Federal hate-crime charges, state charges likely in Overland Park shootings

Terri and Jim LaManno planned to celebrate their 25th wedding anniversary today.

But on Sunday, as Terri LaManno made her regular weekly visit to see her mother at an Overland Park assisted living center, she was caught in what authorities say was a hate-inspired killing spree that left her and two other people dead.

Though killed outside of Jewish facilities in Overland Park, all three victims were members of Christian denominations, according to their families.

Shortly after the shootings, police arrested a man who has espoused anti-Semitic views for years. State and federal officials are conducting a dual investigation into what they said Monday were, unequivocally, hate crimes.

Frazier Glenn Miller Jr., 73, of Aurora, Mo., also known as Frazier Glenn Cross, could be charged as soon as today in Johnson County District Court, where he probably will face murder counts. District Attorney Steve Howe said information about charges could be released this morning.

Miller will face hate-crime charges in federal court, based on allegations that he was motivated by bias, said Barry Grissom, the U.S. attorney for Kansas.

“We are in a very good place from an evidence standpoint and will present the case to a grand jury in the not-too-distant future,” Grissom said in a news conference in Overland Park.

Asked whether others could have been involved in the shootings, FBI Special Agent in Charge Michael Kaste said the investigation is focused on Miller.

“We will look everywhere the evidence takes us,” said Kaste, who oversees the bureau’s Kansas City office.

Miller has made statements to investigators, but authorities would not reveal those comments Monday.

The southwest Missouri man long has been known for deeply anti-Semitic and racist statements.

He was a Ku Klux Klan grand dragon at one time and founded the White Patriot Party in the 1980s.

Reat Griffin Underwood, 14, and his grandfather, William Lewis Corporon, 69, were killed about 1 p.m. outside the Jewish Community Center, where Reat planned to audition as part of a singing contest. Reat was a freshman at Blue Valley High School. His grandfather was a physician. Both were Methodists.

Terri LaManno, 53, of Kansas City, was killed at the Village Shalom assisted living facility in Overland Park. She was a Catholic.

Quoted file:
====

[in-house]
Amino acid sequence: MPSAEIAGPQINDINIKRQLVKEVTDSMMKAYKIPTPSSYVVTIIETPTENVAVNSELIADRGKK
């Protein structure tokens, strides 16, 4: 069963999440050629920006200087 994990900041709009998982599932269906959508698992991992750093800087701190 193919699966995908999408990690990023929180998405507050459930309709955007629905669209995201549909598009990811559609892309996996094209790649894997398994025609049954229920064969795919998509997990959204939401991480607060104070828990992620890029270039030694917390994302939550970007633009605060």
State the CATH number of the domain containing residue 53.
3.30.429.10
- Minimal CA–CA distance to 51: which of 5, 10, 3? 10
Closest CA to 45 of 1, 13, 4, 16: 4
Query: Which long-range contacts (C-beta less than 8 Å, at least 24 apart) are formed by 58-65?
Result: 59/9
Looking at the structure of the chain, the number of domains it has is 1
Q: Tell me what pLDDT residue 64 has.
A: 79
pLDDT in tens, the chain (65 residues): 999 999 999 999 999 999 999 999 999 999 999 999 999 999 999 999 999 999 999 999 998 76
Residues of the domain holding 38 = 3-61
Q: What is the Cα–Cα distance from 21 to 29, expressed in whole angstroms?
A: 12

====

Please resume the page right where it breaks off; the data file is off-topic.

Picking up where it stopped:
Her daughter Alissa, who attends Missouri State University in Springfield, released a written statement Monday on behalf of family members and asked for privacy while they grieve.

“My mom was a beautiful soul. She always thought of everyone before herself. The world needs more people like her. She was the best mother, wife, sister and friend that anyone could ask for.”

LaManno also has an older daughter, Jennifer, and a son, Gian, who attends Kansas State University.

Brian Fowler, a lawyer and longtime family friend, said Terri LaManno’s two sisters were visiting their mother at the time of the incident and didn’t realize that their sister had been shot outside the facility.

Fowler described Terri LaManno as a “beautiful lady” who was devoted to her husband and children.

LaManno worked as an occupational therapist at the

Children’s Center for the Visually Impaired

in Kansas City. She worked with children and their families in their homes and provided constant “support and compassion,” said co-worker and friend Amanda Daniels.

“Terri acted out of kindness and gratitude in everything she did,” Daniels said.

Many of the children’s families were dealing with emotionally trying situations, and LaManno always strove to find ways to help them, Daniels said.

“Terri never gave up on anybody,” she said. “She did an amazing job in helping families in their journeys.”

The LaMannos are longtime parishioners at

St. Peter’s Catholic Church

in Kansas City, where a rosary was said for Terri LaManno after Monday morning Mass. Pastor Steve Cook asked parishioners to remember LaManno and her family in their prayers.

Also on Monday, two public defenders in Kansas were appointed to represent Miller in any federal hate-crimes prosecution.

Kansas Federal Public Defender Melody Brannon Evans and her first assistant, Kirk Redmond, will represent Miller should he be charged in a criminal complaint or, later, by grand jury indictment.

And should federal prosecutors decide to seek the death penalty, Evans and Redmond would continue to represent Miller. Both have worked capital cases and are qualified to do so under federal rules.

Overland Park police received 28 calls after the shootings Sunday. Those calls helped police arrest the suspect quickly, Police Chief John Douglass said Monday.

Douglass asked anyone with information that could help investigators to call police at


or the FBI at



Related stories from Kansas City Star